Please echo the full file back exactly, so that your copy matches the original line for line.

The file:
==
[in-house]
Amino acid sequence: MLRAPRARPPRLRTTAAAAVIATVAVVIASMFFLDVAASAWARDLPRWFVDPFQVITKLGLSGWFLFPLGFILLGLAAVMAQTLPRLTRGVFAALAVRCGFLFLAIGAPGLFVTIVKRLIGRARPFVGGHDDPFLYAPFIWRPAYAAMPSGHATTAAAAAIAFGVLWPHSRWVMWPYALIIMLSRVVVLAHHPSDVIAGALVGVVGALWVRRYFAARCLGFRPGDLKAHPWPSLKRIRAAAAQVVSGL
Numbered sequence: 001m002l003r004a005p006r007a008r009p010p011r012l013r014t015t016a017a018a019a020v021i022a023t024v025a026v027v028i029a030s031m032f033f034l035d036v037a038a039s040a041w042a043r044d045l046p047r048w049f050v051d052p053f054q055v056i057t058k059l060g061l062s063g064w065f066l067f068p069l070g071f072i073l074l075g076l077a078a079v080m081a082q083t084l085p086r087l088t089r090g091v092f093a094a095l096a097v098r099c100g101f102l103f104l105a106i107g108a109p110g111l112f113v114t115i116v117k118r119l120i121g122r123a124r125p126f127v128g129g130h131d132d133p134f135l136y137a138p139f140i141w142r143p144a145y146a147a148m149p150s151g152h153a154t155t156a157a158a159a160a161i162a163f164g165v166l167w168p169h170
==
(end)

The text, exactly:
[in-house]
Amino acid sequence: MLRAPRARPPRLRTTAAAAVIATVAVVIASMFFLDVAASAWARDLPRWFVDPFQVITKLGLSGWFLFPLGFILLGLAAVMAQTLPRLTRGVFAALAVRCGFLFLAIGAPGLFVTIVKRLIGRARPFVGGHDDPFLYAPFIWRPAYAAMPSGHATTAAAAAIAFGVLWPHSRWVMWPYALIIMLSRVVVLAHHPSDVIAGALVGVVGALWVRRYFAARCLGFRPGDLKAHPWPSLKRIRAAAAQVVSGL
Numbered sequence: 001m002l003r004a005p006r007a008r009p010p011r012l013r014t015t016a017a018a019a020v021i022a023t024v025a026v027v028i029a030s031m032f033f034l035d036v037a038a039s040a041w042a043r044d045l046p047r048w049f050v051d052p053f054q055v056i057t058k059l060g061l062s063g064w065f066l067f068p069l070g071f072i073l074l075g076l077a078a079v080m081a082q083t084l085p086r087l088t089r090g091v092f093a094a095l096a097v098r099c100g101f102l103f104l105a106i107g108a109p110g111l112f113v114t115i116v117k118r119l120i121g122r123a124r125p126f127v128g129g130h131d132d133p134f135l136y137a138p139f140i141w142r143p144a145y146a147a148m149p150s151g152h153a154t155t156a157a158a159a160a161i162a163f164g165v166l167w168p169h170